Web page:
Drivers in Canada are being urged to watch out for wildlife on the road as summer approaches.

The Canada Safety Council issued the advice to drivers to coincide with May’s National Road Safety Week.

According to data published by the Traffic Injury Research Foundation (TIRF) a total of 570 people were killed in wildlife-vehicle collisions between 2000 and 2020 and more than half of these collisions involved moose, while 32 per cent involved deer.

The bulk of collisions occurred during the summer months, in June to August there were 42 per cent, with an additional 33 per cent occurring between September and November.

“In moments of unexpected challenge on the road, our preparedness becomes of vital importance,” said Gareth Jones President and CEO, Canada Safety Council.

“It’s not just about knowing what to do, but also having the reflexes, composure, and knowledge that can only be had through proactive training, experience and awareness.”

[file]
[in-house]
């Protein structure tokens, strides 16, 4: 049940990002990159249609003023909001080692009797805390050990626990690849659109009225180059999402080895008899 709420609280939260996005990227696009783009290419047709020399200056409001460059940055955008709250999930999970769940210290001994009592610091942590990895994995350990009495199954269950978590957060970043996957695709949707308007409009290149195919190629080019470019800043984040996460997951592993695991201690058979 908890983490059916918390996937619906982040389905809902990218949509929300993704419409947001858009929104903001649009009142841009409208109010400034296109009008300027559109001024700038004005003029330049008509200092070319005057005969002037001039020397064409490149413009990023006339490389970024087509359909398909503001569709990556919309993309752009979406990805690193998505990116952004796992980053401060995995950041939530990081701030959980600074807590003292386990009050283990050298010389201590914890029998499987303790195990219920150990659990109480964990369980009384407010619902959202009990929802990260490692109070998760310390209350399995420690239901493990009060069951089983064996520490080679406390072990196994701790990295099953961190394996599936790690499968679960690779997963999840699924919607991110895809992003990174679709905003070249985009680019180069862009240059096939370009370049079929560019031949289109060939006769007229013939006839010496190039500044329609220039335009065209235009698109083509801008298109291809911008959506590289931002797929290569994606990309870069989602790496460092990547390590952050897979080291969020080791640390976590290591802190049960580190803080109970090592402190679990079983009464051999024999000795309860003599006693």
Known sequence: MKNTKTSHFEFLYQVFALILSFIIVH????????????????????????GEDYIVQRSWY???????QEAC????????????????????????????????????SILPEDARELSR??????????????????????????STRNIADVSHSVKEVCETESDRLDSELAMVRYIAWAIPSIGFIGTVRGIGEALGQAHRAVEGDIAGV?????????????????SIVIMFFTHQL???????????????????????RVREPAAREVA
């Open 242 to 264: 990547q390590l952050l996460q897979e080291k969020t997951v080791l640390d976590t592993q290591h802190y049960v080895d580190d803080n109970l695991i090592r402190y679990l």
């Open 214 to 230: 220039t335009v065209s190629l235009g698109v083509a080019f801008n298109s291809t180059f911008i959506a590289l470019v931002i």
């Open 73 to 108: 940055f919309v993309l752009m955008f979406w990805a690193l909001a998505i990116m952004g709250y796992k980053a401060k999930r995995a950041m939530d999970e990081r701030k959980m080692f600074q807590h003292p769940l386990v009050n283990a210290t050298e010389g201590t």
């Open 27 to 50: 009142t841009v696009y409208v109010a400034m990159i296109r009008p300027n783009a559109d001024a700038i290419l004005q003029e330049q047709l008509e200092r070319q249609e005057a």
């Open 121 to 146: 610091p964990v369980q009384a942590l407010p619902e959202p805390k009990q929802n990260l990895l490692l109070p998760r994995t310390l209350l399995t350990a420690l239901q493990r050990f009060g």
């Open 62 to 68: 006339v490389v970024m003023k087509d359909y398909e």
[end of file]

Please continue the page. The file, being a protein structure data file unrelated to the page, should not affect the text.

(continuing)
The Canada Safety Council has issued the following advice to motorists:

  • Don’t Swerve – Instinct may push you to swerve to avoid colliding with the animal. This, however, can be a dangerous maneuver. Animals can tend to move erratically and suddenly, meaning that the place they were when you spotted them may not be where they end up after you’ve had a chance to react.
  • Prevention – Use your vehicle’s bright lights in the morning and evening. This may help you spot the animal on the edge of the road before it enters the roadway.
  • Mitigation – The safest approach when faced with most non-moose interactions is to brake firmly, as quickly as is practical, and steer straight while sounding your horn in a series of short bursts.
    Moose, on the other hand, have a unique set of guidelines owing to their stature and weight. If you encounter one in the road, the priority should be avoiding any impact with your roof or windshield. Brake hard to reduce the energy of the impact and aim for the moose’s flank when a collision is inevitable.